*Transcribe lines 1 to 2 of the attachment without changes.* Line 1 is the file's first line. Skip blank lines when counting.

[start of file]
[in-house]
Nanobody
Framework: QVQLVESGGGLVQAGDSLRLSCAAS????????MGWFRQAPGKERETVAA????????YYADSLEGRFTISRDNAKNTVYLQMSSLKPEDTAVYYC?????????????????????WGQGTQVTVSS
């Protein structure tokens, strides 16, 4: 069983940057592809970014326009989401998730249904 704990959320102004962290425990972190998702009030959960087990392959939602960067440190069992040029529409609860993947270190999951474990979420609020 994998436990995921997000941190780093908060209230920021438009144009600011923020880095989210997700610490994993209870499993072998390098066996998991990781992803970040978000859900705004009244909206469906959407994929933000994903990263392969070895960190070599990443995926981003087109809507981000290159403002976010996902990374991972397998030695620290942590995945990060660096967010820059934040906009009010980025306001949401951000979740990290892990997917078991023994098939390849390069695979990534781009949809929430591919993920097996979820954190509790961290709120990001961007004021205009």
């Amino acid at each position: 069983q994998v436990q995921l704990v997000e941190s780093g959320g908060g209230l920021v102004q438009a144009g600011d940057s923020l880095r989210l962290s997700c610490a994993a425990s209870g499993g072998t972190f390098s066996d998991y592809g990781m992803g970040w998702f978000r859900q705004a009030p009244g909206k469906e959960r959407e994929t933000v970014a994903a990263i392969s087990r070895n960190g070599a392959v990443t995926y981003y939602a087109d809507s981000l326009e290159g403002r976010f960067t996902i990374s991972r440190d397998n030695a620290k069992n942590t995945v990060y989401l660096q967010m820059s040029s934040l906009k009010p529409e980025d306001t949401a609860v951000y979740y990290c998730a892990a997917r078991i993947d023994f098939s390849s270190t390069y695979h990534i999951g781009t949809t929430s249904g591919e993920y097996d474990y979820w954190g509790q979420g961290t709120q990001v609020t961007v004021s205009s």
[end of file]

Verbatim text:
[in-house]
Nanobody